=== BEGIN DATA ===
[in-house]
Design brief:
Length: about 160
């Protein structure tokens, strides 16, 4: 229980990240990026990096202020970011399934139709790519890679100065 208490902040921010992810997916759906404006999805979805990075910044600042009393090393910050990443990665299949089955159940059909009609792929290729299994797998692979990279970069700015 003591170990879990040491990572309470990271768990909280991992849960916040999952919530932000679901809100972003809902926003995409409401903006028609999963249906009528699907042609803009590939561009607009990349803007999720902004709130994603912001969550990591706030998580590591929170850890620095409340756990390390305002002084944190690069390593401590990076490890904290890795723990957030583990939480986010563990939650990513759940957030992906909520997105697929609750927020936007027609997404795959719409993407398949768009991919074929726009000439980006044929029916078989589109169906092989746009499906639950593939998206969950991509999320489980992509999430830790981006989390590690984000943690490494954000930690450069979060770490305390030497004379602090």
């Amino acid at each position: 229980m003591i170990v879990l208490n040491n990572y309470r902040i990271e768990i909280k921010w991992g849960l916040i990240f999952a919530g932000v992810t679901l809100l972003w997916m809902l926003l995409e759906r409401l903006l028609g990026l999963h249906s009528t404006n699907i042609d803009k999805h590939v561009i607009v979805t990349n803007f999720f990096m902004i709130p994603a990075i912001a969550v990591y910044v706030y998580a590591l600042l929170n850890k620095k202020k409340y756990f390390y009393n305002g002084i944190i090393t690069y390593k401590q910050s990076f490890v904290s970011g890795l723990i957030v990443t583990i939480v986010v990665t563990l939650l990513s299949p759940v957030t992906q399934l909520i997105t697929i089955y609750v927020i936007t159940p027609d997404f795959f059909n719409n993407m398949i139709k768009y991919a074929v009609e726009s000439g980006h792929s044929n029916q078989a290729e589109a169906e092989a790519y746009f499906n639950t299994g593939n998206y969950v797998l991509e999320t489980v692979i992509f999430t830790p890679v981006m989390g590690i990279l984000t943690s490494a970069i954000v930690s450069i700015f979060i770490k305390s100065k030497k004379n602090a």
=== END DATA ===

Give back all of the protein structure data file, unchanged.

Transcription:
[in-house]
Design brief:
Length: about 160
């Protein structure tokens, strides 16, 4: 229980990240990026990096202020970011399934139709790519890679100065 208490902040921010992810997916759906404006999805979805990075910044600042009393090393910050990443990665299949089955159940059909009609792929290729299994797998692979990279970069700015 003591170990879990040491990572309470990271768990909280991992849960916040999952919530932000679901809100972003809902926003995409409401903006028609999963249906009528699907042609803009590939561009607009990349803007999720902004709130994603912001969550990591706030998580590591929170850890620095409340756990390390305002002084944190690069390593401590990076490890904290890795723990957030583990939480986010563990939650990513759940957030992906909520997105697929609750927020936007027609997404795959719409993407398949768009991919074929726009000439980006044929029916078989589109169906092989746009499906639950593939998206969950991509999320489980992509999430830790981006989390590690984000943690490494954000930690450069979060770490305390030497004379602090």
């Amino acid at each position: 229980m003591i170990v879990l208490n040491n990572y309470r902040i990271e768990i909280k921010w991992g849960l916040i990240f999952a919530g932000v992810t679901l809100l972003w997916m809902l926003l995409e759906r409401l903006l028609g990026l999963h249906s009528t404006n699907i042609d803009k999805h590939v561009i607009v979805t990349n803007f999720f990096m902004i709130p994603a990075i912001a969550v990591y910044v706030y998580a590591l600042l929170n850890k620095k202020k409340y756990f390390y009393n305002g002084i944190i090393t690069y390593k401590q910050s990076f490890v904290s970011g890795l723990i957030v990443t583990i939480v986010v990665t563990l939650l990513s299949p759940v957030t992906q399934l909520i997105t697929i089955y609750v927020i936007t159940p027609d997404f795959f059909n719409n993407m398949i139709k768009y991919a074929v009609e726009s000439g980006h792929s044929n029916q078989a290729e589109a169906e092989a790519y746009f499906n639950t299994g593939n998206y969950v797998l991509e999320t489980v692979i992509f999430t830790p890679v981006m989390g590690i990279l984000t943690s490494a970069i954000v930690s450069i700015f979060i770490k305390s100065k030497k004379n602090a």